Monthly Archives: May 2015
The Climate is Changing Rapidly – Are your Evaluations Keeping up?
A rapidly changing climate is causing the energy efficiency industry to rethink energy savings assumptions and parameters that reference outdated weather data. Many Technical Reference Manuals (TRMs) and engineering algorithms rely on static assumptions created using weather data that are several years, or even decades, old. Accounting for more recent changes in climate may influence the claimed savings for different types of efficiency measures by up to 5%. These changes may lead stakeholders to reconsider the incentivized measure mix in their portfolio to ensure they are incentivizing the most cost-effective measures moving forward.
We know that nine out of the ten warmest years on record have occurred this century. Even with all indicators pointing toward a climate that is changing rapidly, most energy efficiency programs estimate savings using weather data that does not take into account these recent increases in temperature.
Weather data plays a direct role in the calculation of energy savings for various energy efficiency measures. Increases in temperatures due to climate change may require cooling equipment installed in 2015 to operate more hours than equipment installed at the same location 10 years ago, leading to increased electricity savings for efficient cooling measures. Additionally, increases in temperatures may decrease the potential savings from heating measures as less heating is required in a warmer climate. When evaluators reference “outdated” weather data, it leads to inaccurate estimates of energy consumption. These inaccuracies can be significant in certain locations for specific measures.
In the absence of actual metering, most present day methods for modeling energy and demand rely on historical weather data (e.g., Typical Meteorological Year (TMY)) rather than the most recent or future projected weather scenarios. TMY data is a collection of weather data from localized weather stations spanning multiple years. The most recent TMY data available (TMY3) uses weather data collected between 1976 and 2005. The intent of a TMY is to represent the range of possible weather while still providing averages for a given localized weather station. However, because 7 of the 10 warmest years on record have occurred since TMY3 data became available, we believe it is no longer an accurate proxy for estimating present-day or future weather scenarios.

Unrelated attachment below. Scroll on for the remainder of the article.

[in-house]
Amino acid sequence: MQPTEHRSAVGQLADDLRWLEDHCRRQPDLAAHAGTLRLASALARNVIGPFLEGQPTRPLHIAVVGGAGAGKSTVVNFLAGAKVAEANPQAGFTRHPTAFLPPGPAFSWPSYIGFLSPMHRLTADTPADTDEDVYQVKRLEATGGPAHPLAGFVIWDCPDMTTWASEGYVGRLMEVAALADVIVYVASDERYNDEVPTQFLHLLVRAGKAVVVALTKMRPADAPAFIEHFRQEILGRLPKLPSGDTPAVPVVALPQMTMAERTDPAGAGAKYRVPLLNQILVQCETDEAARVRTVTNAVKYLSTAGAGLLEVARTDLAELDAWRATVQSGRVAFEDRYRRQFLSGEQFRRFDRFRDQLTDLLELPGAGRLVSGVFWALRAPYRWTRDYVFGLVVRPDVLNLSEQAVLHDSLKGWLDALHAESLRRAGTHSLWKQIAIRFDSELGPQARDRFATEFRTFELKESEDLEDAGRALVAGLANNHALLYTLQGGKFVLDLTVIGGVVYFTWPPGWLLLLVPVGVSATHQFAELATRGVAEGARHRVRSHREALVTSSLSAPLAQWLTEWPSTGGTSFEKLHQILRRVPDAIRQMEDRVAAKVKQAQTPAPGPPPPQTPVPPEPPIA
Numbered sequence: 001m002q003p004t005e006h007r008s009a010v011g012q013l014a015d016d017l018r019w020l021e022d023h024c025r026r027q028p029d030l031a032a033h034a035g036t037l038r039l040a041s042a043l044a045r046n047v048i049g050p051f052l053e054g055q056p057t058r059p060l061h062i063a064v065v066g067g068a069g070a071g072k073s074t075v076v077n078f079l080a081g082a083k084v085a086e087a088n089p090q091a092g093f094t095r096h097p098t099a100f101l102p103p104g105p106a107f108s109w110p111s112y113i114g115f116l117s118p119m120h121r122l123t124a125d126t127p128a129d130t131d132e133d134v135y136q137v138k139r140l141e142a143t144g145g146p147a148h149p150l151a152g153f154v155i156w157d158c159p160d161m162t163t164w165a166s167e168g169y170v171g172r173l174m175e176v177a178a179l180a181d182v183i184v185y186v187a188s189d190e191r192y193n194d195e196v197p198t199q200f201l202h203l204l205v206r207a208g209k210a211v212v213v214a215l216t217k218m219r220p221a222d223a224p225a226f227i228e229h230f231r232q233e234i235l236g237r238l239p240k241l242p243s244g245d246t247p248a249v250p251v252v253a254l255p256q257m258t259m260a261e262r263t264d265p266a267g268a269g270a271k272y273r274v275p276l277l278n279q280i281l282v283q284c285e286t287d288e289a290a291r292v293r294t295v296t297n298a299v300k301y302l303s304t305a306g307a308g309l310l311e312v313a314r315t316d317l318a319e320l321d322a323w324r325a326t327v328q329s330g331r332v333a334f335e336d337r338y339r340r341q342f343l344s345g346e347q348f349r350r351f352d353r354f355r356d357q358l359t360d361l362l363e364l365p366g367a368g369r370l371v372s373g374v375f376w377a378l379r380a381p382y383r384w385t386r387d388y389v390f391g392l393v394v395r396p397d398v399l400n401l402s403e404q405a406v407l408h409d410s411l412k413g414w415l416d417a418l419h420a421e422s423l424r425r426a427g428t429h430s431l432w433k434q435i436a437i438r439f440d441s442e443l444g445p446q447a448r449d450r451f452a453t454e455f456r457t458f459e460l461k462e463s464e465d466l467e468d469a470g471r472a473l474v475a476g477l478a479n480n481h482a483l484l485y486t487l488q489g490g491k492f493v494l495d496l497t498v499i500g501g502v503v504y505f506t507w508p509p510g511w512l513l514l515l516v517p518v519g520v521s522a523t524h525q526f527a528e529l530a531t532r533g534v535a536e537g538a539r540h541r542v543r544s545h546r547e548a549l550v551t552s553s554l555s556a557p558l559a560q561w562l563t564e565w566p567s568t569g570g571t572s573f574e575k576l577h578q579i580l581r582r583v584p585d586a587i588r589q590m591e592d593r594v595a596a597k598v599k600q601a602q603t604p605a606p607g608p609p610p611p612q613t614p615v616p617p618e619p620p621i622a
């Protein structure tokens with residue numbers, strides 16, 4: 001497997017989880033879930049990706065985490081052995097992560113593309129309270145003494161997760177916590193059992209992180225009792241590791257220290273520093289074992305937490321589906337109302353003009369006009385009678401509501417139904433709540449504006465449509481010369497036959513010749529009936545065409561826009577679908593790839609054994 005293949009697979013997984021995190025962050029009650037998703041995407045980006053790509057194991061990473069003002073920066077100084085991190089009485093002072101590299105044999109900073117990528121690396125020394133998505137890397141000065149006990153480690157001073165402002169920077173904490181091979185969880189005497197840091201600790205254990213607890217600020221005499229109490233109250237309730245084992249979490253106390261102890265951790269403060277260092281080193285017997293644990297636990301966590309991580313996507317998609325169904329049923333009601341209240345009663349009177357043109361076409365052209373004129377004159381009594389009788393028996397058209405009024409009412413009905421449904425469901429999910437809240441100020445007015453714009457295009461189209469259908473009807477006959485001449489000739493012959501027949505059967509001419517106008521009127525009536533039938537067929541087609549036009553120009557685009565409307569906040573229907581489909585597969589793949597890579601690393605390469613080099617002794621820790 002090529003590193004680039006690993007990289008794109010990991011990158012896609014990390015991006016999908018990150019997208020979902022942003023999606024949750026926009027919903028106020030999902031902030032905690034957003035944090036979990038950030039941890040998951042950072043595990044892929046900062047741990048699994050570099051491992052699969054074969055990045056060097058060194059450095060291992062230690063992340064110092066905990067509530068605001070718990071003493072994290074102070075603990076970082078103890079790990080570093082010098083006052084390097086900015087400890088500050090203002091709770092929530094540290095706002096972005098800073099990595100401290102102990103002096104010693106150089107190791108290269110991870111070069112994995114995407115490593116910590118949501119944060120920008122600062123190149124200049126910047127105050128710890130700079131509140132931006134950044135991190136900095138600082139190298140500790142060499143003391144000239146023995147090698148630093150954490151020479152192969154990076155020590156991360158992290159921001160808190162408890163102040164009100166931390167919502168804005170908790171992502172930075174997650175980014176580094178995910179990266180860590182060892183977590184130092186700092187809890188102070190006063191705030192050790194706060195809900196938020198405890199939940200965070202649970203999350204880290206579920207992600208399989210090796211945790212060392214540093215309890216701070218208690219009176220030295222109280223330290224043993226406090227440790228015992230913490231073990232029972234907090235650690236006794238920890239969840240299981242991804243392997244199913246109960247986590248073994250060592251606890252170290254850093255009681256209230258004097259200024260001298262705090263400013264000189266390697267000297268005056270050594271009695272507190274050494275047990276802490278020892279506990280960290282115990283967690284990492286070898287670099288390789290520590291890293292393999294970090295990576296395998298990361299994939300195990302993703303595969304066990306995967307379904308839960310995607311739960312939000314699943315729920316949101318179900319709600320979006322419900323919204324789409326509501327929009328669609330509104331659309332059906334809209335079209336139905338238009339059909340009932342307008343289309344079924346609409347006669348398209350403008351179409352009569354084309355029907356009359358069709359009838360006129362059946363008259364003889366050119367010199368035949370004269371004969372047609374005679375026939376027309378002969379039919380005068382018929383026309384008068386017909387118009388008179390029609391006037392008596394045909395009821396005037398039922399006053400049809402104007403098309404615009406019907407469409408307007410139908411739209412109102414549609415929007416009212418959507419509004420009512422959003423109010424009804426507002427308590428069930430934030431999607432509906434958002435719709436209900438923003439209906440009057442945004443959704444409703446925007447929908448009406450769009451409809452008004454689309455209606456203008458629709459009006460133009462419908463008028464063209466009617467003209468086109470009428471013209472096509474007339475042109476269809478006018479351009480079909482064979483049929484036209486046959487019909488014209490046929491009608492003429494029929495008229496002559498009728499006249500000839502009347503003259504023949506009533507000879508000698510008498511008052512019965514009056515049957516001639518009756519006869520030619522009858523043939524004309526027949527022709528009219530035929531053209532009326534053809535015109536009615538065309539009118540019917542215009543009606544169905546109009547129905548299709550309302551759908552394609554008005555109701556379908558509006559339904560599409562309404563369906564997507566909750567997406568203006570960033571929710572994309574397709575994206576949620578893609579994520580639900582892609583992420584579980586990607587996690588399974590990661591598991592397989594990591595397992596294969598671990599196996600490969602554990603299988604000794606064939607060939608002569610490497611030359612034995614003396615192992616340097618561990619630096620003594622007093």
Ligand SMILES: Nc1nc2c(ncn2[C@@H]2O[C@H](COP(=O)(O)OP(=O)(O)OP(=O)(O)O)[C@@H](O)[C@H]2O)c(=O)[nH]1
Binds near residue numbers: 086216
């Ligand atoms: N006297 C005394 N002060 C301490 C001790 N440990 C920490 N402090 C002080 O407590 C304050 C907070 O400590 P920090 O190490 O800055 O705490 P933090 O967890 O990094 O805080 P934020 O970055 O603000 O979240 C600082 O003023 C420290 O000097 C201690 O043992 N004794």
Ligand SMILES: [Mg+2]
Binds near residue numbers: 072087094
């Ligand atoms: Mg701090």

A rapidly changing climate requires our industry to leverage the latest tools and methods to incorporate changes to climate as close to “real-time” as possible. Two methods that we endorse to account for changes in climate include:
- Updating Weather Files: Software programs exist that allow users to generate climate change weather files by transforming local weather files (e.g., TMY data) into future climate predictions for their individual location. One example is the Climate Change World Weather File Generator (CCWorldWeatherGen). This free software allows users to generate “present-day” weather files as well as future weather files for a given weather station. We found that using this method with a chiller upgrade in South Carolina increased energy savings by 2-3% compared to using the unadjusted TMY3 data. Other proprietary software programs exist that can also create weather files to account for climate change impacts.
- Updating Parameters: One approach for updating a specific parameter (e.g., cooling degree-days) is to create a linear regression of published data over the course of multiple years for a specific location. Using a regression model allows us to more accurately predict current and future cooling degree-days for a specific location or region rather than using a static assumption as found in most TRMs. We can then update the linear regression model annually for a given location to account for ongoing changes to climate.
As energy efficiency program administrators are forced to rely less on lighting for savings (due to increasing efficiency standards), working to increase energy and demand impacts has become even more difficult. Changes in climate affect HVAC measures and those measures that rely on the operation of HVAC equipment to estimate savings such as programmable thermostats, insulation, infiltration reduction, and HVAC motors. We believe looking at changes in climate can help to more accurately measure savings for both cooling and heating measures. While a warmer climate will likely increase the potential savings for cooling measures (typically electric), it can simultaneously decrease savings from heating measures (electric and/or gas). Using the latest “typical” weather data allows program planners and evaluators to be confident that estimates align more accurately with the “new normal” range of weather.